That is money that should have been invested in our water infrastructure and not in pushing the ideology of selling water.

The US supreme court justice Oliver Wendell Holmes once wrote that “taxes are what we pay for civilised society”. By any measure, a civilised society would include a functioning water system. Not in Ireland, apparently, where taxes are what we pay to cover the cost of bank bailouts and politicians’ wages. A civilised society will cost you extra. – Is mise,

SIMON O’CONNOR,

Dublin 12.

Sir, – In a country with a banjaxed water infrastructure, as tens of thousands of households and businesses near one week without mains water, the national water utility prepares to give back over €200 million paid for water.

Who’s next for no water? Who’s next for boil water? Who likes swimming through sewage? We are indeed “all Jobstown now”. Warmest congratulations to Paul Murphy. – Yours, etc,

DECLAN DOYLE,

Dublin 3.

Sir, – The managing director of Irish Water has stated that many water mains are made of asbestos cement mixture (ACM) and were old and brittle. Recently a relative of mine paid €850 to properly dispose of a few sheets of ACM from the roof of an old garden shed because of the dangers to health from asbestos.

Are we to believe there is no such danger when millions of gallons of water flow through asbestos piping to consumers? If there is a danger, then our water charges protesters have managed to postpone indefinitely the replacement of such pipes. But then perhaps the asbestos scare was just an expensive scare and no more. – Yours, etc,

TONE SCOTT,

Tramore,

Co Waterford.

Sir, – The biggest crisis that Irish Water faces is the arbitrary way in which central government allocates public resources.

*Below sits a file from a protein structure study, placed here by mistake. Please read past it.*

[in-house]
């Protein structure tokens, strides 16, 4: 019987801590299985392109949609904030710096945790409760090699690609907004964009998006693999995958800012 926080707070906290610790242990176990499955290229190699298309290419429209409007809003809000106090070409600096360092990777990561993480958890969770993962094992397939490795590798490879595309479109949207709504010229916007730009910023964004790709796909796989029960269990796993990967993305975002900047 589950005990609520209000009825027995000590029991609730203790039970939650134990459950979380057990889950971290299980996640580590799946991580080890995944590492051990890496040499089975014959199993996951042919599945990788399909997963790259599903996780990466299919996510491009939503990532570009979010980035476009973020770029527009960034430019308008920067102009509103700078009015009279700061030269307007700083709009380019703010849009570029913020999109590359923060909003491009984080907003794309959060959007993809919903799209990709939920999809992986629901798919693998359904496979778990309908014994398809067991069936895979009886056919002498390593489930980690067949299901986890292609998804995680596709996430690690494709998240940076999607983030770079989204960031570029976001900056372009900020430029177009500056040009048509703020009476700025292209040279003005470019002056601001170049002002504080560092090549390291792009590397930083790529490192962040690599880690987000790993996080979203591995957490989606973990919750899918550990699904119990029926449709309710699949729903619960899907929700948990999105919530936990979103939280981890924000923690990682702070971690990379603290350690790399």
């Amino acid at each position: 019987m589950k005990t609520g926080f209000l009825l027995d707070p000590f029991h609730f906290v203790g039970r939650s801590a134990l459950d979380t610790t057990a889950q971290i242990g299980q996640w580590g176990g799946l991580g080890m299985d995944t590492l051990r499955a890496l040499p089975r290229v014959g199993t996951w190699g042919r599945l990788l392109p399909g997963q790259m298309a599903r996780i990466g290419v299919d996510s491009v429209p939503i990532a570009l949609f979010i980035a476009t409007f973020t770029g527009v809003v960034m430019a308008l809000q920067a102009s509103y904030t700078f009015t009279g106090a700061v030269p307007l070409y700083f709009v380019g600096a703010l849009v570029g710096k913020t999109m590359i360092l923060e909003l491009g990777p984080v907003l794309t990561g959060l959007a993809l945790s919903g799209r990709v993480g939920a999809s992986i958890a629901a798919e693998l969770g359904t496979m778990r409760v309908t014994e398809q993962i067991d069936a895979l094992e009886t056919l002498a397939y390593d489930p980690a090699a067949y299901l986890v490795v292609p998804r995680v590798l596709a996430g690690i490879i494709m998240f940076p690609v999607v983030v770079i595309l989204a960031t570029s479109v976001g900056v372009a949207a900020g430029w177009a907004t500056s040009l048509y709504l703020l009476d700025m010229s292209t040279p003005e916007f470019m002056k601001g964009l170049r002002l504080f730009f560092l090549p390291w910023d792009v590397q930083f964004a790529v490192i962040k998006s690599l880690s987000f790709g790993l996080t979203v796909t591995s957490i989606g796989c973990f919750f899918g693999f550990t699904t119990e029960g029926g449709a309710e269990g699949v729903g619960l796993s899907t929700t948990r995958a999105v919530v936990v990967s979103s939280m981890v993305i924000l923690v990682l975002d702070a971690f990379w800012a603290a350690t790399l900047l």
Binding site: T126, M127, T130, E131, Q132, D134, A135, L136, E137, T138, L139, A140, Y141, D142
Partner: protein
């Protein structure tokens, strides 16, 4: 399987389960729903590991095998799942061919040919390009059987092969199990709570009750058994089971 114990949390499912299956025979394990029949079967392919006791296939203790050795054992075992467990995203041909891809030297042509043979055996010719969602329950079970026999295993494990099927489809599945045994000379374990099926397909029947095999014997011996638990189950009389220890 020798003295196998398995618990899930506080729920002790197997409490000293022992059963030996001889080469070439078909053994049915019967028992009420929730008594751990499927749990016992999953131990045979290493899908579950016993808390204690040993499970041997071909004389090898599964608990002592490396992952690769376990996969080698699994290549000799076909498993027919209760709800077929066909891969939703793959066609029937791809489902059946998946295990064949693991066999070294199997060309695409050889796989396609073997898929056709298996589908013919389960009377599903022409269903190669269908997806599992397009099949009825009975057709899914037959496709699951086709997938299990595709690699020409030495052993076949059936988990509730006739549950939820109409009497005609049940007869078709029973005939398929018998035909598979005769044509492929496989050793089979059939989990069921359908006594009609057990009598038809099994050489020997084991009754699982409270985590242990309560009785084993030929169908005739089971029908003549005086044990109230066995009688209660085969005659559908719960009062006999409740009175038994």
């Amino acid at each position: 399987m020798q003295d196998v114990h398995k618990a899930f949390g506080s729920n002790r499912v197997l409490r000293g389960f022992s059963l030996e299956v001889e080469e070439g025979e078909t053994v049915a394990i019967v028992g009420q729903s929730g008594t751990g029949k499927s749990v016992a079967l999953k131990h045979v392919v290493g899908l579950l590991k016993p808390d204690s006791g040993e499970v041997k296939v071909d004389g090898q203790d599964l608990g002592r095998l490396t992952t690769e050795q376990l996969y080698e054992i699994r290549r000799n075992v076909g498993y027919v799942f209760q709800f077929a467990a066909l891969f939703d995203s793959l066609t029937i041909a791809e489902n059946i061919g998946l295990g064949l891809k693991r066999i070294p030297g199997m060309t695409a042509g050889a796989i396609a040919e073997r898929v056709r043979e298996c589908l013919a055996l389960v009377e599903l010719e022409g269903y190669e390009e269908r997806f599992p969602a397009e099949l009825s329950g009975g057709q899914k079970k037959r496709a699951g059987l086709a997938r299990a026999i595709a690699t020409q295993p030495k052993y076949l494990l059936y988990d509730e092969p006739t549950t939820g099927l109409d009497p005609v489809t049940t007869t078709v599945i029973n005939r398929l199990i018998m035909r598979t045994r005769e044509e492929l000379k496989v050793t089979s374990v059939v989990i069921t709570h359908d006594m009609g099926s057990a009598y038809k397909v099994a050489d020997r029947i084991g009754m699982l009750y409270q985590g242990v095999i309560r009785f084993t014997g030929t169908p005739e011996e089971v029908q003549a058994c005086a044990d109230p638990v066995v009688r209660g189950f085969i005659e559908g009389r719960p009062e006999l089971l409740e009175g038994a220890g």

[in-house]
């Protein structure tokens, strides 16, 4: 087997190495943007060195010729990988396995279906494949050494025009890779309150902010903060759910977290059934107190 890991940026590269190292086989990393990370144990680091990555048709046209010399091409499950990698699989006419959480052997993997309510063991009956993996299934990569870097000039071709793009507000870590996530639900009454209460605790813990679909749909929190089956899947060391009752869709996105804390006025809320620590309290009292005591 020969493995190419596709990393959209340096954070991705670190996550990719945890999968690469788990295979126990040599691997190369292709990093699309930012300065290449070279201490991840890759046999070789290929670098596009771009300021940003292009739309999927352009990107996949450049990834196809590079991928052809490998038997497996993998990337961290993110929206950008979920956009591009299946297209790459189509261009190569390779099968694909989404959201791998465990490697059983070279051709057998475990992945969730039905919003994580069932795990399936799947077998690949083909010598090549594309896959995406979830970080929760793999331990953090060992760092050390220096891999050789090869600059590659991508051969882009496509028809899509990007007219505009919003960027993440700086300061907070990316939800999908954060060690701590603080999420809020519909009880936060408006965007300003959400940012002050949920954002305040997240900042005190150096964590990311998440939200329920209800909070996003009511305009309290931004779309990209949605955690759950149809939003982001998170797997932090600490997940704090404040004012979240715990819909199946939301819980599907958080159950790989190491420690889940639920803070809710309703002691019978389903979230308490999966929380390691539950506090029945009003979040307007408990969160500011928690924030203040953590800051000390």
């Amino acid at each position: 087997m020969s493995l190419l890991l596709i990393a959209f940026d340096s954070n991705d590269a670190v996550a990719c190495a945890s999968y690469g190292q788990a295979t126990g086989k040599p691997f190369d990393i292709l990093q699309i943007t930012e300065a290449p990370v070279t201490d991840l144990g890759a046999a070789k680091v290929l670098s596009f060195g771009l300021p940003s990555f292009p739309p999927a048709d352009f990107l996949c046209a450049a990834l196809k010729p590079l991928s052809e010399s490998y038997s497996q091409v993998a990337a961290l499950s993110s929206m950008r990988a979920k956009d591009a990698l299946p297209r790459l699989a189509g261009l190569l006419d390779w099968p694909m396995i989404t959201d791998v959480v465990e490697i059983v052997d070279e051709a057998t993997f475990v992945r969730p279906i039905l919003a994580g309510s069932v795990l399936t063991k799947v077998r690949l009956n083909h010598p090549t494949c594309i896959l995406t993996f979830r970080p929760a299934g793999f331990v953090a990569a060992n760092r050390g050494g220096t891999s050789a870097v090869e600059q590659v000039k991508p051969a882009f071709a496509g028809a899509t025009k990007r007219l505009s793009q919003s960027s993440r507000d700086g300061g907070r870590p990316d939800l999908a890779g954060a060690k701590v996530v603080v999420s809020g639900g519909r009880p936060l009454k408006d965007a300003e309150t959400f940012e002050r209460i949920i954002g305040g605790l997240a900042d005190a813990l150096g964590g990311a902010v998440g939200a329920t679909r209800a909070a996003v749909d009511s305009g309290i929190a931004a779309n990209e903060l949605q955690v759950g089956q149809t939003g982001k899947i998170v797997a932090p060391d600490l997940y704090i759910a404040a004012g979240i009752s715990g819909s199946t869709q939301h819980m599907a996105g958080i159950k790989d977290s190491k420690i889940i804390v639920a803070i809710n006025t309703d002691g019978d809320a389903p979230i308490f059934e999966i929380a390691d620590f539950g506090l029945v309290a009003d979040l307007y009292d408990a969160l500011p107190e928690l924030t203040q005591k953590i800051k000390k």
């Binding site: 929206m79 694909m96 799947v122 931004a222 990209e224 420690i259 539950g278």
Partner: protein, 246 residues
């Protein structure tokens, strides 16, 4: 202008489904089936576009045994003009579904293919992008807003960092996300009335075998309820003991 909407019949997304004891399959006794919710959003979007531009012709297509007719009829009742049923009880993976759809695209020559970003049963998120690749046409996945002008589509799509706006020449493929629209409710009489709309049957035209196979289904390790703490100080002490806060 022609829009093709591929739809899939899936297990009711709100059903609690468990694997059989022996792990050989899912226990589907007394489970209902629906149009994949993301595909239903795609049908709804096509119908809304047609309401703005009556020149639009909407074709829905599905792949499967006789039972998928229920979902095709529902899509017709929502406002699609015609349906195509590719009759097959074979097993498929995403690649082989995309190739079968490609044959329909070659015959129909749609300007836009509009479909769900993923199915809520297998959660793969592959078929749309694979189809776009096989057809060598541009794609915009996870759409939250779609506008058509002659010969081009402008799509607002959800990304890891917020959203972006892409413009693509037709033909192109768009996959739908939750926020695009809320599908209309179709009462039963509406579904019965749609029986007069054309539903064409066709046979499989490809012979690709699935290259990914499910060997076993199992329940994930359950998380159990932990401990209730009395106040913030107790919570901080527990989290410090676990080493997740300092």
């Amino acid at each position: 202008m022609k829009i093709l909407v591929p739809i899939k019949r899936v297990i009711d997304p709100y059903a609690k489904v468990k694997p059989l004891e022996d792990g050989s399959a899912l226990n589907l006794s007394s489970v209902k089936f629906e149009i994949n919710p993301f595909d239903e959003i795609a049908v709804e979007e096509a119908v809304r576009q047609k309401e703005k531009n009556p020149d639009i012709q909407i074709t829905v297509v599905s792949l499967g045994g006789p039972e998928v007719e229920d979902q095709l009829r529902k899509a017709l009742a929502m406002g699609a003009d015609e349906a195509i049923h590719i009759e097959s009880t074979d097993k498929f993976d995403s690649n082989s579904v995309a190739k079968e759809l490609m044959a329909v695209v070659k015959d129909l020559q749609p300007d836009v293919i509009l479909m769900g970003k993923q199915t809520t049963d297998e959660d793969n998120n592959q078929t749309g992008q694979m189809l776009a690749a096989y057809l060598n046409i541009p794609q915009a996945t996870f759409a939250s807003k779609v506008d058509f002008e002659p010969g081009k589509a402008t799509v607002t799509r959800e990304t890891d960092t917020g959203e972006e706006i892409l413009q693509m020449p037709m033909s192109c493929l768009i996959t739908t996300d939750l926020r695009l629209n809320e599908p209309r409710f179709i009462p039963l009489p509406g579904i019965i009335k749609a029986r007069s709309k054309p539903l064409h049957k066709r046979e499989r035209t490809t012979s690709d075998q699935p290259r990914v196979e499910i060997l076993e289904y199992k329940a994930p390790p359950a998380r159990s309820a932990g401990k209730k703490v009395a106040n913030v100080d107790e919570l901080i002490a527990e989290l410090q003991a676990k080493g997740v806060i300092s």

Minister for Planning and Local Government Eoghan Murphy needs to address major weaknesses identified by a 2013 Council of Europe report on local democracy in lreland. This report noted “the system of distribution of grants to local governments from the local government fund is not transparent and the rules have been set without consultation with local authorities. The equalisation formula existed for a short period only, because it included about 800 parameters and was not operable in reality. From 2008 onwards, equalisation has been done on the basis of an administrative assessment of needs and resources. . . . the equalisation system remains a mystery to practically everyone in the local government system.”

I have no doubt that we face more whimsical responses to other water supply and other issues, which are due to decades of incompetence at central government levels. – Yours, etc,

DONAL Ó BROLCÁIN,

Dublin 9.

A chara, – The current water crisis in the north-east seems to have given rise to much finger wagging at Paul Murphy TD and the water charge protesters of the far left, with a rush to say, “We told you so”.

While I don’t agree with much of Mr Murphy’s platform and am in favour of water charges in principle, it seems that the supporters of our establishment parties are very keen to claim the moral high ground.

It is vitally important that we remember that it was not Paul Murphy or the alphabet alliance that ruined our water system but decades of populist politics and under-investment from Fianna Fáil, Fine Gael and Labour.

We may be short on water, but there’s plenty of blame to go around. – Is mise,

STEPHEN ADAM,

Dublin 5.